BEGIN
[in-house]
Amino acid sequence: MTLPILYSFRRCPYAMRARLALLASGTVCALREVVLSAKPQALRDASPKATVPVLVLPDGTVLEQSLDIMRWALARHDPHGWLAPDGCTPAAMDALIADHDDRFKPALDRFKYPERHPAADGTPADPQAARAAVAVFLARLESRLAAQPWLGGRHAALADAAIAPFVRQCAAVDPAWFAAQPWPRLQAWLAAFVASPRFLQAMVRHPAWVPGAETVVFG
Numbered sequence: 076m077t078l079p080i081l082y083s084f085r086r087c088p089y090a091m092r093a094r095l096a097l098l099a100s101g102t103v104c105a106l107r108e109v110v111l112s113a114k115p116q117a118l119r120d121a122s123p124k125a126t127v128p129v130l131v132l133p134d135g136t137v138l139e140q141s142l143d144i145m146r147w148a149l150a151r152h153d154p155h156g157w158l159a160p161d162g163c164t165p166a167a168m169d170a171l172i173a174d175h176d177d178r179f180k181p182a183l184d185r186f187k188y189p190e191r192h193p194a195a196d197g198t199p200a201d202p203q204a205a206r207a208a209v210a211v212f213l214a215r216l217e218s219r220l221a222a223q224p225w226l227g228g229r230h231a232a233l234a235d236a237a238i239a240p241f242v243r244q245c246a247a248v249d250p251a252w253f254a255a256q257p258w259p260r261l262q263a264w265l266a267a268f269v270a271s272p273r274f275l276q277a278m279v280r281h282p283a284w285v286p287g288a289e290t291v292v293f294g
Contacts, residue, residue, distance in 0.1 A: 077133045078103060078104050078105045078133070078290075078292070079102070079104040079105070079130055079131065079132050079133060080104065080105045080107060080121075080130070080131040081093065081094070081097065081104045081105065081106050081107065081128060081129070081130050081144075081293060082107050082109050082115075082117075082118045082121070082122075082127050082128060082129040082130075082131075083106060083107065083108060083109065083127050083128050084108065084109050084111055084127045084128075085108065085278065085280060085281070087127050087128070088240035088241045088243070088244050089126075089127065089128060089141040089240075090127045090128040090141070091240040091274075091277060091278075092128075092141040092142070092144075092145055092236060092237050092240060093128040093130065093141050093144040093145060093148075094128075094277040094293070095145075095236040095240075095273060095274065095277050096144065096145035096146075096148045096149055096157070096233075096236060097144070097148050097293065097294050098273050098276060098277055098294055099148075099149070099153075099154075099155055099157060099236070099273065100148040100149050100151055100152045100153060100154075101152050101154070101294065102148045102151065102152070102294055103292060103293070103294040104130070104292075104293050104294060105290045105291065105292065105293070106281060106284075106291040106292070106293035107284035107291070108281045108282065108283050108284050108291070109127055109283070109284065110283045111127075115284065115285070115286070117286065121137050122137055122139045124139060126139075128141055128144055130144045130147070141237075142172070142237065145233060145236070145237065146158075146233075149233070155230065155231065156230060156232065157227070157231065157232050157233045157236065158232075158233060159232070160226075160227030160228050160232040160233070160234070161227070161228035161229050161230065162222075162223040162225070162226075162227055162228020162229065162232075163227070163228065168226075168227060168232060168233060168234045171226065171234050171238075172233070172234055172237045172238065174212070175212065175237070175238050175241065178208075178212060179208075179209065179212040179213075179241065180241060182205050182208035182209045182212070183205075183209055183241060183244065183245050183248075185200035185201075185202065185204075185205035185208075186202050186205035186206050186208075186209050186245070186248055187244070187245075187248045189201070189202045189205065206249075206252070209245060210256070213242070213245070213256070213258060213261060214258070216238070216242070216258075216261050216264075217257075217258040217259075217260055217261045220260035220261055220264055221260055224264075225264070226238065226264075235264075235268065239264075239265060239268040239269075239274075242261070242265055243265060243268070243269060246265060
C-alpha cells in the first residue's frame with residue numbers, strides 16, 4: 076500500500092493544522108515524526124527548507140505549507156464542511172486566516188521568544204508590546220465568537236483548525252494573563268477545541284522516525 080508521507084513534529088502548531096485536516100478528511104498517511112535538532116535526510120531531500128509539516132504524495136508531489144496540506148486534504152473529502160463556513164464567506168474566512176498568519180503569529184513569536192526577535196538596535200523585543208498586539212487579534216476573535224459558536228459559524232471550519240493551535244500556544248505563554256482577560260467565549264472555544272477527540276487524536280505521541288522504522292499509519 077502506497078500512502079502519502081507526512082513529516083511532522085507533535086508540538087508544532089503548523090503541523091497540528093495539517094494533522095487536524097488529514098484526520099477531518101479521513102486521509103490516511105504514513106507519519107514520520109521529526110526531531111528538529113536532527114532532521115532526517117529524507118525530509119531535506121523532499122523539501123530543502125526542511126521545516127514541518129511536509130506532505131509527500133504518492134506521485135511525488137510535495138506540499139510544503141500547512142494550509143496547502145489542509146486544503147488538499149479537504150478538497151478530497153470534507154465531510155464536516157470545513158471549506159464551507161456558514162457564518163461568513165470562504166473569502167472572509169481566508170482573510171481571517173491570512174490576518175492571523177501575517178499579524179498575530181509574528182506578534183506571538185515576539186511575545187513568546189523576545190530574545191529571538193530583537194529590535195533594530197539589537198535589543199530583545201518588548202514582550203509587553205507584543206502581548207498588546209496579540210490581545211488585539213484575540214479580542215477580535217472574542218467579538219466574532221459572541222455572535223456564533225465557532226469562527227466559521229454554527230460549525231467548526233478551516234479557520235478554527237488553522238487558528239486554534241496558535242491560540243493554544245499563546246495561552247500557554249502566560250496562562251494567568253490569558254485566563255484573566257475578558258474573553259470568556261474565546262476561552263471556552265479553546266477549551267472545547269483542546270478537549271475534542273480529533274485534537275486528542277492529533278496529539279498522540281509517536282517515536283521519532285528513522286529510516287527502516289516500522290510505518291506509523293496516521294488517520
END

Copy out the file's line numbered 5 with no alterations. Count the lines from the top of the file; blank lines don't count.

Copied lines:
C-alpha cells in the first residue's frame with residue numbers, strides 16, 4: 076500500500092493544522108515524526124527548507140505549507156464542511172486566516188521568544204508590546220465568537236483548525252494573563268477545541284522516525 080508521507084513534529088502548531096485536516100478528511104498517511112535538532116535526510120531531500128509539516132504524495136508531489144496540506148486534504152473529502160463556513164464567506168474566512176498568519180503569529184513569536192526577535196538596535200523585543208498586539212487579534216476573535224459558536228459559524232471550519240493551535244500556544248505563554256482577560260467565549264472555544272477527540276487524536280505521541288522504522292499509519 077502506497078500512502079502519502081507526512082513529516083511532522085507533535086508540538087508544532089503548523090503541523091497540528093495539517094494533522095487536524097488529514098484526520099477531518101479521513102486521509103490516511105504514513106507519519107514520520109521529526110526531531111528538529113536532527114532532521115532526517117529524507118525530509119531535506121523532499122523539501123530543502125526542511126521545516127514541518129511536509130506532505131509527500133504518492134506521485135511525488137510535495138506540499139510544503141500547512142494550509143496547502145489542509146486544503147488538499149479537504150478538497151478530497153470534507154465531510155464536516157470545513158471549506159464551507161456558514162457564518163461568513165470562504166473569502167472572509169481566508170482573510171481571517173491570512174490576518175492571523177501575517178499579524179498575530181509574528182506578534183506571538185515576539186511575545187513568546189523576545190530574545191529571538193530583537194529590535195533594530197539589537198535589543199530583545201518588548202514582550203509587553205507584543206502581548207498588546209496579540210490581545211488585539213484575540214479580542215477580535217472574542218467579538219466574532221459572541222455572535223456564533225465557532226469562527227466559521229454554527230460549525231467548526233478551516234479557520235478554527237488553522238487558528239486554534241496558535242491560540243493554544245499563546246495561552247500557554249502566560250496562562251494567568253490569558254485566563255484573566257475578558258474573553259470568556261474565546262476561552263471556552265479553546266477549551267472545547269483542546270478537549271475534542273480529533274485534537275486528542277492529533278496529539279498522540281509517536282517515536283521519532285528513522286529510516287527502516289516500522290510505518291506509523293496516521294488517520